Certainly the doctor or mid-wife who helped in the delivery of the baby had intelligence, and they in turn were taught by teachers with intelligence.
    The taxi driver who got them to the hospital contributed his intelligence to the final outcome.
    The civic engineers who designed the roads, and the road-workers who translated her blueprints into a transit system.
    I could go on. But you should get the point by now. To just ask whether an intelligence “was behind” the existence of the universe is not a very precise hypothesis to be tested. This is not to say that God is only one of many minor players, possibly even unaware of his involvement, but rather to say that he could be making many background contributions that aren’t immediately obvious. The question is not as black or white as you perceive. My next blog will get into this a bit more, but here’s a modified snippet that is particularly appropos to this point: “A God who sets up the laws of nature — including the mechanisms behind Big Bang cosmology, Darwinian evolution, quantum and Newtonian physics — knowing that they would eventually produce independent, willful, sentient beings that would roam the face of the earth in search of “the Great Being,” is much bigger than an exceptionally talented sculptor who specializes in clay.”
    So to answer your question, do I think there is an intelligence behind the existence of the universe? Yes. The mystery is in understanding how that intelligence involves himself with it, and with us. I’ve blogged before on that question … check out 04/19/15 “The human-divine connection.”
    You raise a couple other great questions/points there. I’m not dodging them. It’s just that this comment would otherwise take on the length of a full blog. Should we pursue that here, or in another blog?


  6. Why stop at number 10?

    There are all sorts of other examples of sub-optimal design.

    11. Our inability to digest beans. This leads to all sorts of embarrassing situations which might even hinder our ability find a mate. Do we really need bacteria in our gut to help us out there? Major design flaw.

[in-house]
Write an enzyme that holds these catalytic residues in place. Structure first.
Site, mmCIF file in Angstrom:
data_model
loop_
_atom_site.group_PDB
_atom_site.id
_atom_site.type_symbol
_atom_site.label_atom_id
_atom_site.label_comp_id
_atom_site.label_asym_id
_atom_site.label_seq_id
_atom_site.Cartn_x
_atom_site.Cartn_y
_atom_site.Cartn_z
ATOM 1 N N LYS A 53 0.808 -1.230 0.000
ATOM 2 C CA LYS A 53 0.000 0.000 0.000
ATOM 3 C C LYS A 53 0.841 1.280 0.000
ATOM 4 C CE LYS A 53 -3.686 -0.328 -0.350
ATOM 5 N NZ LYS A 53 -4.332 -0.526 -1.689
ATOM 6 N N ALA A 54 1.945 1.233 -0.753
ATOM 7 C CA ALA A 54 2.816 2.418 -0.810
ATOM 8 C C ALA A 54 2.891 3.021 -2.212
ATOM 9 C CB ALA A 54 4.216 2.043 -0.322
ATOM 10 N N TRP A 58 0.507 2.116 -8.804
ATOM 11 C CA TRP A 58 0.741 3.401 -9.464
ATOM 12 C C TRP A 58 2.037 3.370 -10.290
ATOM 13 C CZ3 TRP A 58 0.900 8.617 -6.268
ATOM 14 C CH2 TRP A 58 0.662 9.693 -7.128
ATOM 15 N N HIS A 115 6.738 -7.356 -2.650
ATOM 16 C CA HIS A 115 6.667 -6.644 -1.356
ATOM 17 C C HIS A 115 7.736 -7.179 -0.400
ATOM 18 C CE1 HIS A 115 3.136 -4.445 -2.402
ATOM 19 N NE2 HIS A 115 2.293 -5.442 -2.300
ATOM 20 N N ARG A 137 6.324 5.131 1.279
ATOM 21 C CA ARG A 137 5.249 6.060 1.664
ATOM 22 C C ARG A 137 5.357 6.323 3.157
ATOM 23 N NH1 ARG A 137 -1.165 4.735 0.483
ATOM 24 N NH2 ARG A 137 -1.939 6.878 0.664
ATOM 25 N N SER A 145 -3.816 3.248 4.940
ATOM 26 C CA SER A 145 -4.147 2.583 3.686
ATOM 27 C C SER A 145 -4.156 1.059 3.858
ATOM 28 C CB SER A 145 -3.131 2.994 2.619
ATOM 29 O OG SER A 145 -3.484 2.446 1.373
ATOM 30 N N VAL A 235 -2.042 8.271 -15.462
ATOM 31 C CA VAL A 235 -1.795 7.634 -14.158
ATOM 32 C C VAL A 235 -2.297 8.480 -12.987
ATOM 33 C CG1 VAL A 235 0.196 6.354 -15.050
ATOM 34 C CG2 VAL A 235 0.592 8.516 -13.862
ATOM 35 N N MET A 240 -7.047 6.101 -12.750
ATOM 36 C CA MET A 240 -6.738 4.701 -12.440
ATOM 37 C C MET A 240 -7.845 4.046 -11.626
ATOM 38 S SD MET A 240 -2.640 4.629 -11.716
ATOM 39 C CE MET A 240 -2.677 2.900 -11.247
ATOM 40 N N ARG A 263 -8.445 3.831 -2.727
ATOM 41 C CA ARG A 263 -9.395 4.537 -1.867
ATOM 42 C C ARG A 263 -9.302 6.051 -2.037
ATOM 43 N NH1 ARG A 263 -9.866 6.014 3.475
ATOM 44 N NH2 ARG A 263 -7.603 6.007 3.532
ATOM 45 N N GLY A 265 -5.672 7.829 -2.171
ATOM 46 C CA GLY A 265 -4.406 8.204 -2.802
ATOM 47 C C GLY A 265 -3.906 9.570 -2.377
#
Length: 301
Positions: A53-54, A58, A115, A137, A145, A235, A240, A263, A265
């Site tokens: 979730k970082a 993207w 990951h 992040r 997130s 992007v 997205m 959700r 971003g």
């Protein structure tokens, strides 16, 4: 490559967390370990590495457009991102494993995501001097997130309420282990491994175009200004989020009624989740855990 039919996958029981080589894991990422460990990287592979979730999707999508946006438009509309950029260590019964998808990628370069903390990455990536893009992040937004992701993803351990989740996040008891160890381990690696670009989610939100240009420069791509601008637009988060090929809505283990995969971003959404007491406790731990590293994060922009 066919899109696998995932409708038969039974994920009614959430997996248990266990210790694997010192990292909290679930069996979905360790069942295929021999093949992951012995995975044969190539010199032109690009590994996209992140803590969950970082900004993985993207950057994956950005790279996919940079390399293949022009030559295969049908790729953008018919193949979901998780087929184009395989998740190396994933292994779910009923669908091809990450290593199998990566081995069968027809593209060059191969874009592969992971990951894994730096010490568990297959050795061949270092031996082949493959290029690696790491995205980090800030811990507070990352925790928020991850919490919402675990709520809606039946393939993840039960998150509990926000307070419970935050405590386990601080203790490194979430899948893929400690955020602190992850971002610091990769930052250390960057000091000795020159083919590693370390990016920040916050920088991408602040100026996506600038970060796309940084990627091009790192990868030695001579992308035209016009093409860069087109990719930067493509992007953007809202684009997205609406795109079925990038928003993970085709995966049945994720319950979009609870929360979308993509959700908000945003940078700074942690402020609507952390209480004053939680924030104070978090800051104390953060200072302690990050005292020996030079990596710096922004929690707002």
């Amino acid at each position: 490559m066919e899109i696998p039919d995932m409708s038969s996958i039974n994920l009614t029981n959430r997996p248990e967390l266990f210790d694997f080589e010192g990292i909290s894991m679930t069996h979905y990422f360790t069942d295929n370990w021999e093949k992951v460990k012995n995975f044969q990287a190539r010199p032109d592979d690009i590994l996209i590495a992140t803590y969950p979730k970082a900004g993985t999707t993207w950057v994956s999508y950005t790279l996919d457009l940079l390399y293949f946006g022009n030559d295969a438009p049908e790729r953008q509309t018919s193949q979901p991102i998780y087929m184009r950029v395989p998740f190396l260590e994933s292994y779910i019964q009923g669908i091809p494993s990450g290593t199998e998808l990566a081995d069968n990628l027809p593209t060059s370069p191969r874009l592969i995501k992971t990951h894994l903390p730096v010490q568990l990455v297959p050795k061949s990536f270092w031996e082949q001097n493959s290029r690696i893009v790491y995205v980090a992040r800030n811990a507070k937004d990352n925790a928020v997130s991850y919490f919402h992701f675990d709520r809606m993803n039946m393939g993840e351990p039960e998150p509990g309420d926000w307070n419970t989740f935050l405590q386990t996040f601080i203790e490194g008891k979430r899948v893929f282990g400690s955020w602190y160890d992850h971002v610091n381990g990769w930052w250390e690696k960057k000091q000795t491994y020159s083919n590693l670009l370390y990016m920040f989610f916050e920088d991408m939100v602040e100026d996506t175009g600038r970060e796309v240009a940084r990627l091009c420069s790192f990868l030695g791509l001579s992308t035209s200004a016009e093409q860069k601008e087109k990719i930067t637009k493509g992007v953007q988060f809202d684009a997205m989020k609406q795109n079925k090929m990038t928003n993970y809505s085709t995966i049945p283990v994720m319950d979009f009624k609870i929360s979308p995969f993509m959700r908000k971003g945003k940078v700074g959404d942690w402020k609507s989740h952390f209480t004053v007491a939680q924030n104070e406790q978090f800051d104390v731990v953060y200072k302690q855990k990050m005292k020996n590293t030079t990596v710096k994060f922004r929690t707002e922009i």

12. Schizophrenia. Bad genes. Bad design.
    13. Cancer. Wow! Horrible disease. Even our advanced brains are having a tough time getting this one under wraps.
    14. Our pinky toe. Do we really need this thing? Cutting that nail isn’t easy you know. I would have rather had a much more manageable digit there.

    Why stop at the human body? Let’s move to bad design in the universe.

    15. Big universe. Wasted space. To what end? Just so we can build telescopes and watch Star Trek?
    16. UV rays. I’d love to be able to go outside without slathering on sunscreen. Not to mention all the melanoma it causes. Shouldn’t our bodies have a built in sun shade? Or at least get rid of male baldness. Sunburns on the head are a major downer.
    17. Tsunamis. Major design flaw of the earth. If I designed an earth I would make sure that all waves were perfect surfing rollers. No undertows either. Hang ten!
    18. And mosquitoes. OK I know they provide food for bats and dragonflies but really, couldn’t these tiny little vampires find another food source! Couldn’t they just sit on a branch somewhere spread their little wings and convert wind directly into metabolic energy. Then fly off and serve themselves as lunch to some higher life form. And all the design engineers at Ontario hydro said ” Yeah! Wind Power. Much more efficient and much better design”

    So the question is – what would a perfectly designed human or universe look like? Is there an optimum design rating like a 1-10 scale?

    I think you may even have touched on points 13 and 17 in previous blogs.


    • Evolution is a process, or a mechanism. It can just do things by itself without any intelligence of its own; or in the hands of an intelligence, it can be a tool. For example, magnetism just exerts its force on things (like earth’s magnetic poles shifting particle beams from the sun and creating the Northern Lights), but can be used by something to do things (like an electric motor in a car built by Tesla and driven by a person). Humans have used the processes of evolution like a tool to mold domesticated animals and plants.


  7. Hi Luke,
    Personally, I believe God do tinker with our lives but I don’t believe He tinker with the design every now and then, i.e., using evolution process. Genesis 2:7 says, God formed Adam from the dust from the ground and breath into his nostrils breath of life. And, in Genesis 221-22, created Eve from Adam’s rib (side). In other word, they were created fully functional human being. Just as the whole universe and earth were created fully functional.


  8. The evolution process of domesticating animals and plants (aka micro evolution) is observable and repeatable, i.e, scientific fact. I don’t think any young earth creationists would disagree with that. However, macro evolution (ape to human) is another matter altogether. Can anyone please provide the scientific evidence (repeatable and observable) to prove macro evolution?

    Liked by 1 person